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UK recovery stronger than thought between 2011 and 2013: ONS
[LONDON] Britain's economy recovered more strongly than previously thought between 2011 and 2013, a time when fears were rife that government austerity plans were pushing the country back into recession, according to revised official figures.
Releasing an annual review of British growth data, the Office for National Statistics said Britain's economy regained its pre-crisis size in the second quarter of 2013, three months earlier than its previous estimate.
This came despite a slightly steeper recession in 2008 and 2009, and notably slower growth in 2010, when output rose 1.5 per cent compared with an earlier 1.9 per cent estimate.
By contrast, better coverage of small businesses and improved methods of measuring the economy enabled the ONS to revise up growth by 0.4 percentage points for 2011 and by 0.5 percentage points for 2012 and 2013.
For much of the period between 2011 and 2013, the opposition Labour Party blamed the austerity programme of Prime Minister David Cameron for pushing the country back into recession.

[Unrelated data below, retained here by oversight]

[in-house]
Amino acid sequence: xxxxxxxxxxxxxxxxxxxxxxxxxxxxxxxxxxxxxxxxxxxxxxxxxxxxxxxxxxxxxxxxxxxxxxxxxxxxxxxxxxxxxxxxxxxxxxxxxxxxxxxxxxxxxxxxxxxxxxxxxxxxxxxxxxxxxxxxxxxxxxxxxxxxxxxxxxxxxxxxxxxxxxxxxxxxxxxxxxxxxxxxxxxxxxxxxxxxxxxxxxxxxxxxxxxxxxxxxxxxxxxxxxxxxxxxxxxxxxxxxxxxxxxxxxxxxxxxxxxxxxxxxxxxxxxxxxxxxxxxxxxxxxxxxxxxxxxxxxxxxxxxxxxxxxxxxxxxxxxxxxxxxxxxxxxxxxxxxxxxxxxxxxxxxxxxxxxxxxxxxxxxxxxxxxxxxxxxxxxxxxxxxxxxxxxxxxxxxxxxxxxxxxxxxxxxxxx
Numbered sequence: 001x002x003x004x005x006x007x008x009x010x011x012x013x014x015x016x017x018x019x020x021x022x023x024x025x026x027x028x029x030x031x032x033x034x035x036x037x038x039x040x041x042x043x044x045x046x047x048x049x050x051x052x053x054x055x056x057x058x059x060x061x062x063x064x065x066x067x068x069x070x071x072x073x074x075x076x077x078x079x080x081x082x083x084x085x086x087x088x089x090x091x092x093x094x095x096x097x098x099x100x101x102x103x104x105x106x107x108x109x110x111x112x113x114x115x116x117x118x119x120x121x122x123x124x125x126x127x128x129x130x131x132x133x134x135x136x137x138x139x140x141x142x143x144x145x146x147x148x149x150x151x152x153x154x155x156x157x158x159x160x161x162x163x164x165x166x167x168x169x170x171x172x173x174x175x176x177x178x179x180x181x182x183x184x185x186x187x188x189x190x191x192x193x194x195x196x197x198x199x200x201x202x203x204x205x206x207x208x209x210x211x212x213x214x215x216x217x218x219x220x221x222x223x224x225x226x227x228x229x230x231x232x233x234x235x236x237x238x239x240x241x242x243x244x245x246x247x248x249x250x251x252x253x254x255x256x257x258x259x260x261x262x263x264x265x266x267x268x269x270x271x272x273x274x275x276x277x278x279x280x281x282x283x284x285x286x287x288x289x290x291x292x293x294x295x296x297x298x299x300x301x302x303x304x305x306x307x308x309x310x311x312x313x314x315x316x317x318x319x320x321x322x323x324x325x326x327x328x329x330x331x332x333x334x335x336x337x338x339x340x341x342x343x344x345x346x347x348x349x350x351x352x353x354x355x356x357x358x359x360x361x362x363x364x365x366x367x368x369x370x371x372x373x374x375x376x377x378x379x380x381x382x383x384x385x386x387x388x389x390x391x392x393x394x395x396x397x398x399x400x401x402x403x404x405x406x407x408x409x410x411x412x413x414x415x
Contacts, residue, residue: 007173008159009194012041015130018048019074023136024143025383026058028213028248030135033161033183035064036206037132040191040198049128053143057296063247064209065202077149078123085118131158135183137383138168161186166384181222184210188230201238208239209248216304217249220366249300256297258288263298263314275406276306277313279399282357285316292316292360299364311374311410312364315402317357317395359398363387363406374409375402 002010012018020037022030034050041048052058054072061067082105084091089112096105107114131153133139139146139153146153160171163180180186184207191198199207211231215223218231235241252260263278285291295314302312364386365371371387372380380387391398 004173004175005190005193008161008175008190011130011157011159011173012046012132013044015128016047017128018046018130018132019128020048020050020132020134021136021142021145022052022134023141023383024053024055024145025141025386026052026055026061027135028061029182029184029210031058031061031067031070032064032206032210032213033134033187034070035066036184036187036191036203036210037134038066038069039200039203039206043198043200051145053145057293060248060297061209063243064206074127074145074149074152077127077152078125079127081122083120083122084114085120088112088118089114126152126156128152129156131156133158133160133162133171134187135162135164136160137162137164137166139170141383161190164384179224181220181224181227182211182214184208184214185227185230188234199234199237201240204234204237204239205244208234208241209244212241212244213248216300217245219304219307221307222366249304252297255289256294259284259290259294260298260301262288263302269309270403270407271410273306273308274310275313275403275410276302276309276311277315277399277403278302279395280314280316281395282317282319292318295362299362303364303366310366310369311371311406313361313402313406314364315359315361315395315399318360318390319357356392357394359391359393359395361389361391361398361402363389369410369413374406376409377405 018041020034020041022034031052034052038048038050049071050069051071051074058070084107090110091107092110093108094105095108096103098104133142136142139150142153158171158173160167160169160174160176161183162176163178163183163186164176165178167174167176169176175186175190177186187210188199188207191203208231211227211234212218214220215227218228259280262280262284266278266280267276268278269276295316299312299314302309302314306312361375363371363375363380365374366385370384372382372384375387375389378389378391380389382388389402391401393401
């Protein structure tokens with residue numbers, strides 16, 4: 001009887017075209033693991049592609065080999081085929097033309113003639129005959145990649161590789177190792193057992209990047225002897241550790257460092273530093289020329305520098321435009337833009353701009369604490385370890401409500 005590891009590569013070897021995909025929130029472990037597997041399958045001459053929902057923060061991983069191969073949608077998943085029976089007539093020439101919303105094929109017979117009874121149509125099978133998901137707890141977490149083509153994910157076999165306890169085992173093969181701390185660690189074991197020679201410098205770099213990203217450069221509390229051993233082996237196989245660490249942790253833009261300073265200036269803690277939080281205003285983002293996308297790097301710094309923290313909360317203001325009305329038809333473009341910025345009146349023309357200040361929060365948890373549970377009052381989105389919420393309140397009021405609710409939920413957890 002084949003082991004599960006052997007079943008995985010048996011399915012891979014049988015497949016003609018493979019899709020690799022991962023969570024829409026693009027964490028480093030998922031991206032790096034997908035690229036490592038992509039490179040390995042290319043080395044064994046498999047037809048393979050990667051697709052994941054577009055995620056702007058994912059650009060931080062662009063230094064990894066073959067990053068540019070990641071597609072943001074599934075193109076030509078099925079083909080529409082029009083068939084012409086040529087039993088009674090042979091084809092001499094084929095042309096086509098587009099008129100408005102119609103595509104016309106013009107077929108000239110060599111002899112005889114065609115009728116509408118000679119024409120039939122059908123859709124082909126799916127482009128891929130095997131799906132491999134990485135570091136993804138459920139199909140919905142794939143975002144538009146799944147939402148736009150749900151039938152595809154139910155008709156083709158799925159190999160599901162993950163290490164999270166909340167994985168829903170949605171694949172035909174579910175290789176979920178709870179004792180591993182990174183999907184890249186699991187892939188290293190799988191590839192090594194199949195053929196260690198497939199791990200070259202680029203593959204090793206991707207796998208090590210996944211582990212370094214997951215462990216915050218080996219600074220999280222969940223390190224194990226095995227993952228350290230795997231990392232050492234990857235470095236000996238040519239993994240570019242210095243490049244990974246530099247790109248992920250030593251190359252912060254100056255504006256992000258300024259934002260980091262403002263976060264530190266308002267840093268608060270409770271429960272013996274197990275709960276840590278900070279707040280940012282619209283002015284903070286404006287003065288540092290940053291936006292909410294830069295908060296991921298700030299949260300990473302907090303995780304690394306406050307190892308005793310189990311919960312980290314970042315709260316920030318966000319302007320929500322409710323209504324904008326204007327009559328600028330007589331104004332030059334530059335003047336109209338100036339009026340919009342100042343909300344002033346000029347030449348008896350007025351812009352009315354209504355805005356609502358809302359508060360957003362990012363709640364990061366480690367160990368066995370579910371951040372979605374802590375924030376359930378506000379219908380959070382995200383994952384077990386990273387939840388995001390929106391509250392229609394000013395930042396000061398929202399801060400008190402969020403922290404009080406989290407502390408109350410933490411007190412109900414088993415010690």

But a series of data revisions over the years have shown that growth during that period was stronger than the ONS had initially reported, though extremely weak by the standards of past economic recoveries.
Gross domestic product is now believed to have risen by 2.0 per cent in 2011, 1.2 per cent in 2012 and by 2.2 per cent in 2013, the ONS said. "These revisions notwithstanding, the current recovery remains the weakest in the past half-century. In particular, (the changes) do not significantly alter the scale of the productivity puzzle," the ONS said.
A report from Britain's National Institute of Economic and Social Research on Wednesday showed it expects the economy to grow 2.5 per cent in 2015, in line with a Reuters poll of economists, after 3.0 per cent growth in 2014.
The Bank of England has previously said ONS data understated the strength of Britain's recovery, and is due to publish a new set of growth and inflation forecasts on Thursday.
Citi economist Michael Saunders said Wednesday's ONS revisions were bigger than the central bank had pencilled in, and were likely to lead to tighter monetary conditions, even if they did not push the BoE to raise interest rates this year. "Evidence that the economy has been growing at a solid pace for some time reinforces our view that, over time, monetary conditions are likely to tighten more than markets expect, via some mix of a higher policy rate and/or higher pound," he said.